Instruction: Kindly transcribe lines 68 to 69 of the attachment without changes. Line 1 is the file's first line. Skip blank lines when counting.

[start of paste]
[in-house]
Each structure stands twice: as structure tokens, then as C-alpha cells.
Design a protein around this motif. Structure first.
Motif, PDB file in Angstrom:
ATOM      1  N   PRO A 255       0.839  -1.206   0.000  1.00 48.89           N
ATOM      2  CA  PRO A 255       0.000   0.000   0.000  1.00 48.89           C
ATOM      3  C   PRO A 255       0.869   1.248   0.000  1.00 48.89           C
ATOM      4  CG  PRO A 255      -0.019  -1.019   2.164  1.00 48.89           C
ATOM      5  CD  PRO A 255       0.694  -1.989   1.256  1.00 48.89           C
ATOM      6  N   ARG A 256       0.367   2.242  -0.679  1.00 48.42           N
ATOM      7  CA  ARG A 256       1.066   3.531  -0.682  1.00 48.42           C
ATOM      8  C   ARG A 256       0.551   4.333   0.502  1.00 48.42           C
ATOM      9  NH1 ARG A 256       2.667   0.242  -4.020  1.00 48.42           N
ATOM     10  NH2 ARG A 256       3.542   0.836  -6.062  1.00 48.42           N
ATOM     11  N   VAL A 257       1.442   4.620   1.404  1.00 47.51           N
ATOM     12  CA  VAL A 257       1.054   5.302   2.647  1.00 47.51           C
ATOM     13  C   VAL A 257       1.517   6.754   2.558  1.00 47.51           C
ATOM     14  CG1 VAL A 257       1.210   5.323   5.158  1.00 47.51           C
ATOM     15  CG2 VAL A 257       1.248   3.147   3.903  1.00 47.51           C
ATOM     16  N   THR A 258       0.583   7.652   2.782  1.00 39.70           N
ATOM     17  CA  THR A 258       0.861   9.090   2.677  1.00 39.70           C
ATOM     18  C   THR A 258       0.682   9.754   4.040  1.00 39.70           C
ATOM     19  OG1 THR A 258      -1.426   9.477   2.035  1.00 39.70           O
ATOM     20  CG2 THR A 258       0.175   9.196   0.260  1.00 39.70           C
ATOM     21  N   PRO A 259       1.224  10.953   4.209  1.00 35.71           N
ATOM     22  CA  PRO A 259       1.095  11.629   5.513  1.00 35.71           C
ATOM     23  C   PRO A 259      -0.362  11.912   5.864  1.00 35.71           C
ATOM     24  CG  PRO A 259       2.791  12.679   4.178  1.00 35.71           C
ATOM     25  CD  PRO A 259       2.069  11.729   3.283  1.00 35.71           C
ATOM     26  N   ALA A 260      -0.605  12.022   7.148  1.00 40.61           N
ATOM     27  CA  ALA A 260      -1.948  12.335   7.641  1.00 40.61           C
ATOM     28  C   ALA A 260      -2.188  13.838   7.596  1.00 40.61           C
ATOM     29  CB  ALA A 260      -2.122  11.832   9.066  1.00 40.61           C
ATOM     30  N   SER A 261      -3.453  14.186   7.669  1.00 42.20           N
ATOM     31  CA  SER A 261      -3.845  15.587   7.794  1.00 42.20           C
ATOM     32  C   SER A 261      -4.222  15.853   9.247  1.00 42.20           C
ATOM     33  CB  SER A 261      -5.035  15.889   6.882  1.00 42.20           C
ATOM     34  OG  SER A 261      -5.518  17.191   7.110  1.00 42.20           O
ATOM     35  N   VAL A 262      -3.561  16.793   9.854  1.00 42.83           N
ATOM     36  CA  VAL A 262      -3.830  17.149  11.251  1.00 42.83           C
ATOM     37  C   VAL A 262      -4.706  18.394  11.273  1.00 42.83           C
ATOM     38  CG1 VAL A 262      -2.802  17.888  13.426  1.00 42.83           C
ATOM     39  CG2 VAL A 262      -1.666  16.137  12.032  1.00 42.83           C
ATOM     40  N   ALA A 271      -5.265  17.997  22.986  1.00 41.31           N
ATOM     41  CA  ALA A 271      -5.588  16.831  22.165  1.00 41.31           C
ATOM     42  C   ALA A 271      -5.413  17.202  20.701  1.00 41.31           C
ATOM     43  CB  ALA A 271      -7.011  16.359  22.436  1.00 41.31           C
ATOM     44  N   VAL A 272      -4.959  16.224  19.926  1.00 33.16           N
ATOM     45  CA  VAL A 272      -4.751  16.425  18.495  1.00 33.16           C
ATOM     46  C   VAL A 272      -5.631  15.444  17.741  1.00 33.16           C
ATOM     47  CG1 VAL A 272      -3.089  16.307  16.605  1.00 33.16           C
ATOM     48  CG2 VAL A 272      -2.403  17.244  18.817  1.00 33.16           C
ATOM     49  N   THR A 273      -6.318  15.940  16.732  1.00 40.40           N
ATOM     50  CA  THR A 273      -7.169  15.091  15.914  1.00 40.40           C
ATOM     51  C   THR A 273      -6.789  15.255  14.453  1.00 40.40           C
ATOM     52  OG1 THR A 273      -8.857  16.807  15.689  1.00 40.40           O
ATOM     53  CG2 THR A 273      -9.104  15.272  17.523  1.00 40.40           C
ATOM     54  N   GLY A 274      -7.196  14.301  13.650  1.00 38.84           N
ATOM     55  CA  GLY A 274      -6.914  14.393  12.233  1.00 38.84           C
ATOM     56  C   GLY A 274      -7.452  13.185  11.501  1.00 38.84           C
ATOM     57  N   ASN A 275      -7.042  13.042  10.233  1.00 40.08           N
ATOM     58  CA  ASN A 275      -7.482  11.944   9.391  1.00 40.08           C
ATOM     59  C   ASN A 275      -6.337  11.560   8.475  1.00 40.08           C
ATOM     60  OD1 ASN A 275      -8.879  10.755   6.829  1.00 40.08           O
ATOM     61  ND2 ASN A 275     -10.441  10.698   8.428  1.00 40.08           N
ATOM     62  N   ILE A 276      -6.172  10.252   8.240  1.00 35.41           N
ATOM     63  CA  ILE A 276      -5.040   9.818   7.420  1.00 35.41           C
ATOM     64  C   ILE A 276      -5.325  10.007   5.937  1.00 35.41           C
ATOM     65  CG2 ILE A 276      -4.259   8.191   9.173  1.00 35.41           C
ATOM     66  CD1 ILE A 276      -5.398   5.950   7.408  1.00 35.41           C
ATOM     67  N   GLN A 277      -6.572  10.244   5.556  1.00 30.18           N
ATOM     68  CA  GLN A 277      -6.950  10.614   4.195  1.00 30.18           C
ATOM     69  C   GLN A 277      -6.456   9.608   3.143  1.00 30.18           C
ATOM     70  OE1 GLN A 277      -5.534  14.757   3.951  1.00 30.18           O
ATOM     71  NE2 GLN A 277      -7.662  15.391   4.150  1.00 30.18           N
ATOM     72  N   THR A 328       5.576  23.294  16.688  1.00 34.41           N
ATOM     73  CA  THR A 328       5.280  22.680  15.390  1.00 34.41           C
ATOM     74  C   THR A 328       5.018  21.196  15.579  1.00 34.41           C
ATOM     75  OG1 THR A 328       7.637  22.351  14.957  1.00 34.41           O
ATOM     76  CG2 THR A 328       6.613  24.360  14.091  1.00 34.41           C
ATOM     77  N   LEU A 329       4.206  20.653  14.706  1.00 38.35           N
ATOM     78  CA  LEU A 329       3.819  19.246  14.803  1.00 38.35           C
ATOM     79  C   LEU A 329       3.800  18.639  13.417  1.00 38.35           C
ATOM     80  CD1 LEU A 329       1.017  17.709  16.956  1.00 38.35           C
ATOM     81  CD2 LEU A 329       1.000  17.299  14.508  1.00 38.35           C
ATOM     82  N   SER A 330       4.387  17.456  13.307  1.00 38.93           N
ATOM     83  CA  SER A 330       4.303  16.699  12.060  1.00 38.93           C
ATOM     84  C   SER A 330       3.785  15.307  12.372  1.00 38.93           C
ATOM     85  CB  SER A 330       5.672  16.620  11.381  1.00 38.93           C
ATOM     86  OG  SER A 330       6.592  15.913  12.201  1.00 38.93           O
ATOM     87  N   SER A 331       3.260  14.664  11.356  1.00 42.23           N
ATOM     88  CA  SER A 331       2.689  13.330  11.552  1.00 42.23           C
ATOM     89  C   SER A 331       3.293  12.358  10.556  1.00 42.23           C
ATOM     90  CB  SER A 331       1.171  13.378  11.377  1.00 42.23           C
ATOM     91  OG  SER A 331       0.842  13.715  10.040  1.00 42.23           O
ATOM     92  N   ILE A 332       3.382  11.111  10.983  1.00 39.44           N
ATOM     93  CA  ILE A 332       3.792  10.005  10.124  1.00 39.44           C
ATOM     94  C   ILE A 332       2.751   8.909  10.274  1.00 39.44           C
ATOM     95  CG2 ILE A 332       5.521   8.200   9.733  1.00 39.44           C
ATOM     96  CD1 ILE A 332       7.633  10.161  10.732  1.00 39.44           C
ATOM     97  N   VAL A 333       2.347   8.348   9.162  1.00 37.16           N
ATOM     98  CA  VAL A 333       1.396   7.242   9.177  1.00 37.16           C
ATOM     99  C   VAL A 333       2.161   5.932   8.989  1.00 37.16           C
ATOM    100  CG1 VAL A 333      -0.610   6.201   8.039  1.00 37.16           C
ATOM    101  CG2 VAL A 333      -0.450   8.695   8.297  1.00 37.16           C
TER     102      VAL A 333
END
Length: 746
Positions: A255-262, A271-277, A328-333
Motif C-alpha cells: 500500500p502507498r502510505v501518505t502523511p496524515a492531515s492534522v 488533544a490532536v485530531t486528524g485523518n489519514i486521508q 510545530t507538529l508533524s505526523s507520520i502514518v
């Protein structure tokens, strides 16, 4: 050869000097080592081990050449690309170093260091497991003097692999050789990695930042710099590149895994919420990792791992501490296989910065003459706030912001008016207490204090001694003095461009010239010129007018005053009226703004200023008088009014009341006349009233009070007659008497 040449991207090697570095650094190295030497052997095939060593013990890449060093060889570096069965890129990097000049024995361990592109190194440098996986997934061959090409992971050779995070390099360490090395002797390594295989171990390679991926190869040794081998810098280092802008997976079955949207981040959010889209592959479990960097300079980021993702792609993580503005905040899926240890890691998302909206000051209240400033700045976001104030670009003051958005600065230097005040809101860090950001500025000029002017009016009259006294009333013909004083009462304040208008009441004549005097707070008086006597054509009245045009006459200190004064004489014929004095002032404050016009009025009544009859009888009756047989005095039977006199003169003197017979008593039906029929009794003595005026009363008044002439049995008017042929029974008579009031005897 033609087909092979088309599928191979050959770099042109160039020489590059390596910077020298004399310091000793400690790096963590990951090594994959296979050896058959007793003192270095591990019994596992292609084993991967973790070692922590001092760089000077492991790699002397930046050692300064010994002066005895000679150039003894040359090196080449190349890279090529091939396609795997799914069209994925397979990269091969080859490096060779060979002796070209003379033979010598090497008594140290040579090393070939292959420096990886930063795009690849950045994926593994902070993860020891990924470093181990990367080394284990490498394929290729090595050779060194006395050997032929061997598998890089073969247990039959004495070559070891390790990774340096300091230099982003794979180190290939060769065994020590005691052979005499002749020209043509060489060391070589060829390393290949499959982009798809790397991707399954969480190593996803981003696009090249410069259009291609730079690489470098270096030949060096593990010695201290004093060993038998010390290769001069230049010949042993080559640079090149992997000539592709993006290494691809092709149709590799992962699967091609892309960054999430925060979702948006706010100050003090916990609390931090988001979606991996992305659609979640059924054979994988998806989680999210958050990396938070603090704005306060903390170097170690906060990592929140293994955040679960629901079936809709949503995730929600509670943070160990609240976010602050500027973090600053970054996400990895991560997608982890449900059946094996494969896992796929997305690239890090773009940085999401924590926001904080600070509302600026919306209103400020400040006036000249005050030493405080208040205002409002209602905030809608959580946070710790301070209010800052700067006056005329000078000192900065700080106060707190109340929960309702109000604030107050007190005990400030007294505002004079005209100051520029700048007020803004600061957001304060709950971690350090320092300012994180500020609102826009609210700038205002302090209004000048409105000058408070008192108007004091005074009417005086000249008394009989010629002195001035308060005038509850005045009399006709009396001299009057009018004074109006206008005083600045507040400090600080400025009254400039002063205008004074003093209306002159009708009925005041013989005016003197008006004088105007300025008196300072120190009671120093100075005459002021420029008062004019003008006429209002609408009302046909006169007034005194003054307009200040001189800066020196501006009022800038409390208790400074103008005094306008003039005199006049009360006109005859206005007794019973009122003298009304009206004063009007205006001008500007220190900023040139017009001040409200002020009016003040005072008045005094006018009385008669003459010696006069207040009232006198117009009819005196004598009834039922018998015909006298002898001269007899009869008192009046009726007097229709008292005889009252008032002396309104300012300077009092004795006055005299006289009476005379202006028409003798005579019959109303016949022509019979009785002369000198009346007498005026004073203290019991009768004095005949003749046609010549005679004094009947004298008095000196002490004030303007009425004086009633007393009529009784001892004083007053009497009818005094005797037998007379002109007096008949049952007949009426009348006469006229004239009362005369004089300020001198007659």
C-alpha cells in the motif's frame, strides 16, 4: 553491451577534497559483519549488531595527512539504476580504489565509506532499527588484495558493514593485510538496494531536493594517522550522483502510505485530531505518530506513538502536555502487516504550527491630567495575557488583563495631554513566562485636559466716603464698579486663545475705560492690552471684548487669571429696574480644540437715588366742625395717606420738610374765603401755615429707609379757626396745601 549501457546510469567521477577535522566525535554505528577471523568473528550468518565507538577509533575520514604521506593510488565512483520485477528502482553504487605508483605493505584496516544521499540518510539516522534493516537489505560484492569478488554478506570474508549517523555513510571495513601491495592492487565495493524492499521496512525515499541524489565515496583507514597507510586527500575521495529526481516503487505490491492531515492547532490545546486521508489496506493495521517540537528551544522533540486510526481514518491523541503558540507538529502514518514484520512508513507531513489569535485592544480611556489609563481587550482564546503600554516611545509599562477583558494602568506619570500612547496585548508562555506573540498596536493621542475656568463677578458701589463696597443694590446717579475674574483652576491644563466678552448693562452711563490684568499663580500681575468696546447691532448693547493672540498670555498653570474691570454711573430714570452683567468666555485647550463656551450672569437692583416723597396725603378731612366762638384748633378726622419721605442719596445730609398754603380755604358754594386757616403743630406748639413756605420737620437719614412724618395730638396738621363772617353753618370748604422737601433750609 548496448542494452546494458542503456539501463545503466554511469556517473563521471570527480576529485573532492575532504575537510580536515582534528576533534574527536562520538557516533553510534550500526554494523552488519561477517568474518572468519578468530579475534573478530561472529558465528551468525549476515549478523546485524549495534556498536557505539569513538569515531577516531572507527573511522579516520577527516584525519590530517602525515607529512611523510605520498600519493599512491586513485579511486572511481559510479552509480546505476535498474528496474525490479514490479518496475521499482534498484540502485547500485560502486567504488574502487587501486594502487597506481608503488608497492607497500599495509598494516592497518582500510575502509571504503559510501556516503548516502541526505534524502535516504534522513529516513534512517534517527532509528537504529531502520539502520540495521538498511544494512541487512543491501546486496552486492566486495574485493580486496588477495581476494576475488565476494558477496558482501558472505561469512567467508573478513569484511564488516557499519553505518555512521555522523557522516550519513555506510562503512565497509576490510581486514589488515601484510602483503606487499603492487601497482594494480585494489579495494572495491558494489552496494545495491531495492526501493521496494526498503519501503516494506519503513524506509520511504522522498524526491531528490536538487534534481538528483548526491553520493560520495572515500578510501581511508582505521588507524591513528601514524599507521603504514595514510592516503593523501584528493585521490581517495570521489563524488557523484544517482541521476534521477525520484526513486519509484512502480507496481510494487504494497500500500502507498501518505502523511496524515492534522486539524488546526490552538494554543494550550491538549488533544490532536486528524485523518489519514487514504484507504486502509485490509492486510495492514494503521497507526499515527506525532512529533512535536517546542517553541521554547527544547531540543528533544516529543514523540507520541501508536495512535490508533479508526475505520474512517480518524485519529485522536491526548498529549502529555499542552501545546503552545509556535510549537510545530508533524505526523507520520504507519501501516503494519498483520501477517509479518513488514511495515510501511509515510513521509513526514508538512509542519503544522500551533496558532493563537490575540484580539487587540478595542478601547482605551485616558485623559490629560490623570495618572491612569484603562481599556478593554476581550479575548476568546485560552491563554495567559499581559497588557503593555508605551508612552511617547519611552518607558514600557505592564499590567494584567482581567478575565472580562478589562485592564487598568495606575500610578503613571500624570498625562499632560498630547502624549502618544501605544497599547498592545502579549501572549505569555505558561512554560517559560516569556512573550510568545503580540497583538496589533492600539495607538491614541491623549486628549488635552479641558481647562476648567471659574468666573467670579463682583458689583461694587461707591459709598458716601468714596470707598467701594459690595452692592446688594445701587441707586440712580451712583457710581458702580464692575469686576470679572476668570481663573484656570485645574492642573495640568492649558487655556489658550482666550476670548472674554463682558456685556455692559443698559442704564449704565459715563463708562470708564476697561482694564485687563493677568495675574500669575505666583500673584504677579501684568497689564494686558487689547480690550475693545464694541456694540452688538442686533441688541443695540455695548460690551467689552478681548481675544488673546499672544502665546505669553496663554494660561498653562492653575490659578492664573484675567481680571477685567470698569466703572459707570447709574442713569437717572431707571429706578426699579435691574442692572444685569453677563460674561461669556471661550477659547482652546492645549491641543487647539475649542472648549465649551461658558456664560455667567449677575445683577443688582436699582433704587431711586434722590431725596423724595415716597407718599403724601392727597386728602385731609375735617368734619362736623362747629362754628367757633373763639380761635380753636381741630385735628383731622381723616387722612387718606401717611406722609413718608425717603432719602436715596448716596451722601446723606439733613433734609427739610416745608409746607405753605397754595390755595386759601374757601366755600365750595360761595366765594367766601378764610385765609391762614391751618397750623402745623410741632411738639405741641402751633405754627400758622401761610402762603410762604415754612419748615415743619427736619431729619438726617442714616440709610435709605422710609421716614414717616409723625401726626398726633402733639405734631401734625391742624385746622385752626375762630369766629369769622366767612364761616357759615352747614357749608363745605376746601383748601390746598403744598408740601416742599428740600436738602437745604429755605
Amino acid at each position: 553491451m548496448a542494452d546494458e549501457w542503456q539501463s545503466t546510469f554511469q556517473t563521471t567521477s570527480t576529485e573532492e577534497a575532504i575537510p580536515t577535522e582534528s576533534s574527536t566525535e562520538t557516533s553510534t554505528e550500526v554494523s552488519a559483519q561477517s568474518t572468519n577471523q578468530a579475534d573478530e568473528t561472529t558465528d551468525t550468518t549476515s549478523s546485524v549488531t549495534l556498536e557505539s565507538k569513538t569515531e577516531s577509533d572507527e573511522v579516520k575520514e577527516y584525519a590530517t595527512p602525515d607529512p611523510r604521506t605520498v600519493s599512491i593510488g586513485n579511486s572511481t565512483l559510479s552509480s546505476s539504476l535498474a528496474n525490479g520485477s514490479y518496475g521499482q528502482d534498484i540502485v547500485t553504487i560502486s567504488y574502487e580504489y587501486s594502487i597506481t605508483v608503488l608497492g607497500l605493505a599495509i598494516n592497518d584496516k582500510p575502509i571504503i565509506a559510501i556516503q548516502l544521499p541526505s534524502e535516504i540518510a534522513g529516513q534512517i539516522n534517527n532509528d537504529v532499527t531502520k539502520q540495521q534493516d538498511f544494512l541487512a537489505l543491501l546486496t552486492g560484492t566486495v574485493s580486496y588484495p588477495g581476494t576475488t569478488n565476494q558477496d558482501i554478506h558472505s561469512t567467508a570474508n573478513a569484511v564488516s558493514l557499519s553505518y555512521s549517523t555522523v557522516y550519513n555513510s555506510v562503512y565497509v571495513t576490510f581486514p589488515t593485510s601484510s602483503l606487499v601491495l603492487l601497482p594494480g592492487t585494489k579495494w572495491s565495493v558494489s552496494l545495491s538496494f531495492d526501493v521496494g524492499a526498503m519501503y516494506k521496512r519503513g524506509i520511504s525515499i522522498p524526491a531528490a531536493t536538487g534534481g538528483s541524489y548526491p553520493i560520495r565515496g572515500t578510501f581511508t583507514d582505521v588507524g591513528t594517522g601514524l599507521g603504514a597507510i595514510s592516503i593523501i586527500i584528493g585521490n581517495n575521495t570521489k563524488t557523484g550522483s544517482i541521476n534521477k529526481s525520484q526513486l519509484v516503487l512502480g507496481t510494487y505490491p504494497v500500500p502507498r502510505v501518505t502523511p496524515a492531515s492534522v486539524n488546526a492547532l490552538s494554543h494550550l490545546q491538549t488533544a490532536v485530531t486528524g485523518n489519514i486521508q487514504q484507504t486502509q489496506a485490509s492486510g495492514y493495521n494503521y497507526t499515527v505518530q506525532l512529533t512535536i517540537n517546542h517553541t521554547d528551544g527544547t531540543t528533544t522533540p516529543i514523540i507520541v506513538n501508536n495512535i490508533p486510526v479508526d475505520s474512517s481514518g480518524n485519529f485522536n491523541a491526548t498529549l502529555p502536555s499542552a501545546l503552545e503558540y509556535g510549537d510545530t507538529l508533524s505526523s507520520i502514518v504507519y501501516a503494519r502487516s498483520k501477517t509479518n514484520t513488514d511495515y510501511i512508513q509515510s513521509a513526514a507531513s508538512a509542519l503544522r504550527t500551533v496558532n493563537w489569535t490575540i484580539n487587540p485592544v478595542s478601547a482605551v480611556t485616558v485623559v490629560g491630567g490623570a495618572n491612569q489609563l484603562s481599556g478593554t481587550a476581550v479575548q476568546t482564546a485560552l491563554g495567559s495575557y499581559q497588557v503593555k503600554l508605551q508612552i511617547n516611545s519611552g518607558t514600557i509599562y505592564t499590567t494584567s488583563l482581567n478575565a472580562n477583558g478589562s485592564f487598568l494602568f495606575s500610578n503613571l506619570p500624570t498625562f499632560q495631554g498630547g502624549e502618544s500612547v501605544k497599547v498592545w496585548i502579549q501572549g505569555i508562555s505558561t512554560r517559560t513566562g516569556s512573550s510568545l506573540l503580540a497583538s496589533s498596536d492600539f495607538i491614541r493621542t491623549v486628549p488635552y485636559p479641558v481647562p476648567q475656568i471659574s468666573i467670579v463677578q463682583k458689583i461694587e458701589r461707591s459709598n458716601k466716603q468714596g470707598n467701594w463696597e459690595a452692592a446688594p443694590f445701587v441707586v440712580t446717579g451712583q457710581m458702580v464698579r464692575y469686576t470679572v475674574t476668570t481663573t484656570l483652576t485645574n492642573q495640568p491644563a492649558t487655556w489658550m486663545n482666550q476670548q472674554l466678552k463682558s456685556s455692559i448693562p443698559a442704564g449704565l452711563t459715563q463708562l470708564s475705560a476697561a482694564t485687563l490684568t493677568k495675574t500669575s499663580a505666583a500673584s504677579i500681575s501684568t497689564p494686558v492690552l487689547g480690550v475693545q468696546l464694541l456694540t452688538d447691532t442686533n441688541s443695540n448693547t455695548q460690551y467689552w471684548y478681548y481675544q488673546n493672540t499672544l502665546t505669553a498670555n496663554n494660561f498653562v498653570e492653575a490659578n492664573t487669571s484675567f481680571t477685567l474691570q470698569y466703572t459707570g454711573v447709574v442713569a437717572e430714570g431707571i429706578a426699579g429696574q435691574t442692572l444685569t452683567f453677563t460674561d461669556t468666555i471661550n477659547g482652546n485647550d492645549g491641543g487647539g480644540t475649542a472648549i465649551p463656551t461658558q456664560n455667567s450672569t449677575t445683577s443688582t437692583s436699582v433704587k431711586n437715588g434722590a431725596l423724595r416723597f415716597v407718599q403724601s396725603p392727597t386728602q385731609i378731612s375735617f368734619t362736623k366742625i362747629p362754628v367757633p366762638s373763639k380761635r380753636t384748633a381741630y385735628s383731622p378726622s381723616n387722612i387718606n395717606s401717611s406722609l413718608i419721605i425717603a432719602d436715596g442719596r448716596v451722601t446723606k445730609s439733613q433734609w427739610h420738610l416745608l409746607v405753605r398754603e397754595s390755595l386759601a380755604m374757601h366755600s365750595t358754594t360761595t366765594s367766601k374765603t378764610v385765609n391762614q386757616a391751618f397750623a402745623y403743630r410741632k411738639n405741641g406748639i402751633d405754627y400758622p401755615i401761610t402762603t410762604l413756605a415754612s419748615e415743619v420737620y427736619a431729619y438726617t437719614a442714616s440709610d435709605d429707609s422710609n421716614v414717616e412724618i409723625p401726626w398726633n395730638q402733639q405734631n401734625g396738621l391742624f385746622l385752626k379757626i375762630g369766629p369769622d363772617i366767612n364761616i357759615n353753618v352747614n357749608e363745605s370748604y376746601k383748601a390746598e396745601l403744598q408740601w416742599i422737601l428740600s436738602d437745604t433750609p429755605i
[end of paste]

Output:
ATOM     64  C   ILE A 276      -5.325  10.007   5.937  1.00 35.41           C
ATOM     65  CG2 ILE A 276      -4.259   8.191   9.173  1.00 35.41           C